Joshua Reviews Jia Zhangke’s Ash Is Purest White [Theatrical Review]

With the Oscars fully in our rearview mirrors, calling something “awards-worthy” or “surefire Oscar nominee” seems incredibly silly, particularly when considering a foreign language effort. However, there are few films like Ash Is Purest White and even fewer on-screen performers like Zhao Tao.

The longtime muse for filmmaker Jia Zhangke, the pair once again team up for this epic melodrama, finally in theaters via Cohen Media. Tao gives a truly transcendent performance as Qiao, a woman caught in a relationship with local ne’er-du-well and criminal hot shot Bin (Liao Fan, in an also quite special turn) who runs a crew in Shanxi. Constantly looking over his back, Bin ultimately falls victim to an ambush from a rival gang, culminating in one of the most thrilling and sudden bursts of violence in the entirety of Zhangke’s filmography. Tao’s Qiao takes control of the situation with a single choice that forever changes the trajectory of her life and her relationship with Bin, a choice that sends the film into directions that are never telegraphed or out of keeping with the rest of the picture.

It’s often hard to quantify what truly makes a “special” performance. Sometimes it’s just making an impression in a small, supporting role, other times a performer is tasked with carrying more or less every scene. However, with Tao, the level of skill behind this performance impossible to ignore. Clocking in at roughly 150 minutes, Ash is a time-spanning epic resting squarely on her shoulders, and it proves to be a brilliant decision. Each choice Tao makes feels right and of a piece, and over the film’s epic narrative (it spans roughly 16 years) the evolution of her character feels incredibly nuanced and driven by genuine human decisions given thought and born out of a level of interiority you simply do not see on the big screen. The central action set piece, or at least the one that sets the film’s narrative truly off, is set off by a very specific choice by our lead character, and she sells it with a sincerity and physicality that’s above reproach. Physicality is incredibly important in this type of character, given her decade-plus evolution, and each beat is steeped in a tactile naturalism unlike anything seen, really, since something like Ethan Hawke in First Reformed.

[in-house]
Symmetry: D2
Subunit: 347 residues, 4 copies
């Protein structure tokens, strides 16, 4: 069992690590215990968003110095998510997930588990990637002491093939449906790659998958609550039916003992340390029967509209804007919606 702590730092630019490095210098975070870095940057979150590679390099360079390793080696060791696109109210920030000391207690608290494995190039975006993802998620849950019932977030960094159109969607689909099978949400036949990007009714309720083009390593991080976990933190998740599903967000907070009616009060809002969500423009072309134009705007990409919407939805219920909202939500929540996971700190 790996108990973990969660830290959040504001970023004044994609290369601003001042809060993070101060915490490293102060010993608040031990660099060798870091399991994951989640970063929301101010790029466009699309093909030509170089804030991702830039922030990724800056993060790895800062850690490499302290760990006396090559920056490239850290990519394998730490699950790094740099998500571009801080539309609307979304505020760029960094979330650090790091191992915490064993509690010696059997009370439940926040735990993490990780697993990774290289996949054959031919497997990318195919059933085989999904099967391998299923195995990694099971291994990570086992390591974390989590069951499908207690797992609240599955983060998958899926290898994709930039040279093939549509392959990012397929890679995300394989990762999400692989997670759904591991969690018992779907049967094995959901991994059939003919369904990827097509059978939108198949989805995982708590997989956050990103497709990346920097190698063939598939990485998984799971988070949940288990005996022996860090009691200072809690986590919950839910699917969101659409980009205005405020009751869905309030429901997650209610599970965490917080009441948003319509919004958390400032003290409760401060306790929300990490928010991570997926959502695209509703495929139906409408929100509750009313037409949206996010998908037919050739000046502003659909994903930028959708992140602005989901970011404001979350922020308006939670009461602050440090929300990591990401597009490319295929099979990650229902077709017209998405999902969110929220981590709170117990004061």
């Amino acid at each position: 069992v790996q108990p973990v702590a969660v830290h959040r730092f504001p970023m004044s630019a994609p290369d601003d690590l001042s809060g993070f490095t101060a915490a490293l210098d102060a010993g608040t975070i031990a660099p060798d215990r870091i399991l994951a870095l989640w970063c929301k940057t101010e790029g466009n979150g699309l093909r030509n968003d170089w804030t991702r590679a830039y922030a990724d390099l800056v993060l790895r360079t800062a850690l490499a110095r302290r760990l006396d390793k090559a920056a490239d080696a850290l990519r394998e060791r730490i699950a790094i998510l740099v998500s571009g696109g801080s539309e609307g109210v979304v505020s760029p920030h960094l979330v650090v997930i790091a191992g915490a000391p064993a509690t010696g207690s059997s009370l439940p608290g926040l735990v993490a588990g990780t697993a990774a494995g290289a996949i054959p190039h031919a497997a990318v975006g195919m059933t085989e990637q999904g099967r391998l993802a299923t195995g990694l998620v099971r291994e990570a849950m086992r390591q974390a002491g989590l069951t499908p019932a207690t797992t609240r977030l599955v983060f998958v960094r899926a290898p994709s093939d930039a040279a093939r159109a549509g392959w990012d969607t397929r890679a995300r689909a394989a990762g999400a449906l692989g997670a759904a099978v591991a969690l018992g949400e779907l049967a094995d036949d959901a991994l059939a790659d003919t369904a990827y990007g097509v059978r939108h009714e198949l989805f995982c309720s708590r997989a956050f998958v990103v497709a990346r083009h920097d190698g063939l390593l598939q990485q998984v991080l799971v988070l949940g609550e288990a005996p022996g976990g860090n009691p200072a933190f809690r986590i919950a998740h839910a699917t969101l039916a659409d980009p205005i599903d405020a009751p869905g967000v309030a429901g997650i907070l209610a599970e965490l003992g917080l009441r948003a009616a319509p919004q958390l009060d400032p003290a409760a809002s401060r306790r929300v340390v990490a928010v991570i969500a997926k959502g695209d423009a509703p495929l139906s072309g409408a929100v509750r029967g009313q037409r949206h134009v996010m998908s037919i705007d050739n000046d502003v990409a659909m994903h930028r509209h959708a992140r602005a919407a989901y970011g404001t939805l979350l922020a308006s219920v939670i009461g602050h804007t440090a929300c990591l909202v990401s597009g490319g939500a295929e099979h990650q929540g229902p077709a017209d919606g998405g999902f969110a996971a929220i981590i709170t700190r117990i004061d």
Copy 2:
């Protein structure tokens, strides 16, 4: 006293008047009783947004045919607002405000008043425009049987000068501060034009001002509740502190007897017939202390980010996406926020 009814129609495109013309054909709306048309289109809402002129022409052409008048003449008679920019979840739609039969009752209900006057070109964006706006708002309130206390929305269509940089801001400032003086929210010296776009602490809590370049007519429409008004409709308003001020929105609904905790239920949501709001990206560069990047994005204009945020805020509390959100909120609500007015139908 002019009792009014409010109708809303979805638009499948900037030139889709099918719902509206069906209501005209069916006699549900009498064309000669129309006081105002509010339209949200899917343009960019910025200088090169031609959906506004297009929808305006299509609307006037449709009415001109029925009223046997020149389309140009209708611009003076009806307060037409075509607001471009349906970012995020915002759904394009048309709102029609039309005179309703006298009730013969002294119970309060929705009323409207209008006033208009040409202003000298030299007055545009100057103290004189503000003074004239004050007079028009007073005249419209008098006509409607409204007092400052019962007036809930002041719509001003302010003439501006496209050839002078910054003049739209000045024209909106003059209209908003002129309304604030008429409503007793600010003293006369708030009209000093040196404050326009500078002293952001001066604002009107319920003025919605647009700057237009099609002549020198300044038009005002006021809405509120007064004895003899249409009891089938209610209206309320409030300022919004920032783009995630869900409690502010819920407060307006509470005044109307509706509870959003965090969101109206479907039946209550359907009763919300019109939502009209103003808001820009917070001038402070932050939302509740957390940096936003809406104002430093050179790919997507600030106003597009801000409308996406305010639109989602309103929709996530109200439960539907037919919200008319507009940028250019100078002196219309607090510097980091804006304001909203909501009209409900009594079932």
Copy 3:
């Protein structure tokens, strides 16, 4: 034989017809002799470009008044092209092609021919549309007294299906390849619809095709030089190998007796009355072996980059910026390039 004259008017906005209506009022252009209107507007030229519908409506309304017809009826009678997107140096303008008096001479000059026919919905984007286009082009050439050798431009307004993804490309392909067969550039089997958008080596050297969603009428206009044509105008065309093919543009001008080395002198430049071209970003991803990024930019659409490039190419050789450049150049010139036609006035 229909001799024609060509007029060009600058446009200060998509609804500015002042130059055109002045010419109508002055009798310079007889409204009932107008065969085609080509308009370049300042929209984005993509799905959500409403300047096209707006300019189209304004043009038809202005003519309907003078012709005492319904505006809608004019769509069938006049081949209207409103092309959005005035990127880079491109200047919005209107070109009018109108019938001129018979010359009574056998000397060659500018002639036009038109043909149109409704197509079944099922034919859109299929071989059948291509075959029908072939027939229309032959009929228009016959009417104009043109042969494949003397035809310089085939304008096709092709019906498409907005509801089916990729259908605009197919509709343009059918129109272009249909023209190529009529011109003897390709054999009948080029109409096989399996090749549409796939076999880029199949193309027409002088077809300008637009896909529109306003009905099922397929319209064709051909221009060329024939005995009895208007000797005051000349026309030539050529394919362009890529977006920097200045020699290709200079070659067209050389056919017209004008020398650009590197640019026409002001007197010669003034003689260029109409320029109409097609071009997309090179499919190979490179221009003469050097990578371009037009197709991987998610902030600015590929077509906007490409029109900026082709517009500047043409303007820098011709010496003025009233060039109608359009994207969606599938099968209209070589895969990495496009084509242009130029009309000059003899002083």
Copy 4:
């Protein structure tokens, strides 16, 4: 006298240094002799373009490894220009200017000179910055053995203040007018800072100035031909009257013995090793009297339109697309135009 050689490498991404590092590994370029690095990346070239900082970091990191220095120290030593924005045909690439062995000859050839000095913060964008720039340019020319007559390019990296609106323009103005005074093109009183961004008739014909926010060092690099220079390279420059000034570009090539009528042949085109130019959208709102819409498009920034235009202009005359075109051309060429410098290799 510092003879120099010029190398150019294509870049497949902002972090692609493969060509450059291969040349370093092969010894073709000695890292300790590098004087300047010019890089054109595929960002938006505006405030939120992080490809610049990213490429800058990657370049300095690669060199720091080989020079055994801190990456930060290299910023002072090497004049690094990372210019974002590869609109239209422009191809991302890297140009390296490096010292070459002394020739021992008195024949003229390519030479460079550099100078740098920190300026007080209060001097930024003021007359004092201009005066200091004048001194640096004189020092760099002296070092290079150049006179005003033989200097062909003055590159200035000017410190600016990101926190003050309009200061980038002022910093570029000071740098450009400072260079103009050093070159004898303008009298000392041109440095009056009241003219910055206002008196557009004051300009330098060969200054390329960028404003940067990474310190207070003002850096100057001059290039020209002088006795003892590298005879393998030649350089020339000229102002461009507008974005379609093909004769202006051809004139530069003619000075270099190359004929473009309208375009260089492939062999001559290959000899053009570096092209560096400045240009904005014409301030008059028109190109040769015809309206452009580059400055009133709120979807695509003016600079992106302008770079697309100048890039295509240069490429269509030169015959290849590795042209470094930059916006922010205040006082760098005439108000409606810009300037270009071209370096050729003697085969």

That all being said, to ignore the work done by director Zhangke would be a true folly. Best known here in the states for his recent run of films like A Touch Of Sin and the incredibly ambitious Mountains May Depart, Zhangke has become one of the world’s most well-regarded auteurs, and this is yet another notch on his championship belt. Closer in scale and tone to the latter film, Ash sees Zhangke at the very height of his powers, telling this tale of love, obsession, violence and loss with both a scale fitting of the large runtime and yet an economy that gives urgency to each and every set piece. Structured more spatially rigorous than Mountains, the film is circular in many ways, with Zhangke focusing more on the ever-evolving power dynamics between the two lovers.

The most formally exciting setpiece is, of course, the expertly shot and choreographed street-set fight scene. A run-in with a rival gang, Bin is ambushed more or less out of nowhere, and what follows is a sequence that’s equal parts unflinchingly brutal and captivatingly gorgeous in its composition. The choice made by Qiao to grab a gun and enter the fray sets the film off on its epic narrative trajectory, and there’s a focus on the physicality of everyone in the sequence that makes the setpiece feel tactile and vital in a way few action beats ever do. Following this act of violence, the film becomes a tragicomic epic that sees Zhangke perfectly balance tones on each end of that spectrum, all while never losing sight of his characters or the spaces they inhabit. We watch as the freshly-released from prison Qiao begins to hunt for the man she once took a life-changing gun possession charge for and is encounter by a man beaten down by time and guilt.

It’s an intensely emotional change of pace from the more or less genre-tinged opening of the picture, and while Tao is at her very best balancing both ends of that tragicomic spectrum, the tonal modulation in the filmmaking by Zhangke is absolutely astounding. He’s not only able to balance intense personal drama with dry, bleak humor, but do so without ever losing sight of the film’s broader themes, to a degree that makes one think this is a crowning achievement for a director’s whose filmography is chock-a-block with masterpieces. It’s a quieter film than one would expect given the underworld setting, but the pace is quietly lyrical, playing much more like a melodrama than a typical film noir or gangster picture. Zhangke, instead of focusing on the cliche-ridden genre trappings of the crime world he sets his film in, leans into the central relationship, using each frame the way a poet does each stanza. Come the final, New Years-set finale, the film hits true transcendence. Ash is an epic more than worthy of every second, every frame.

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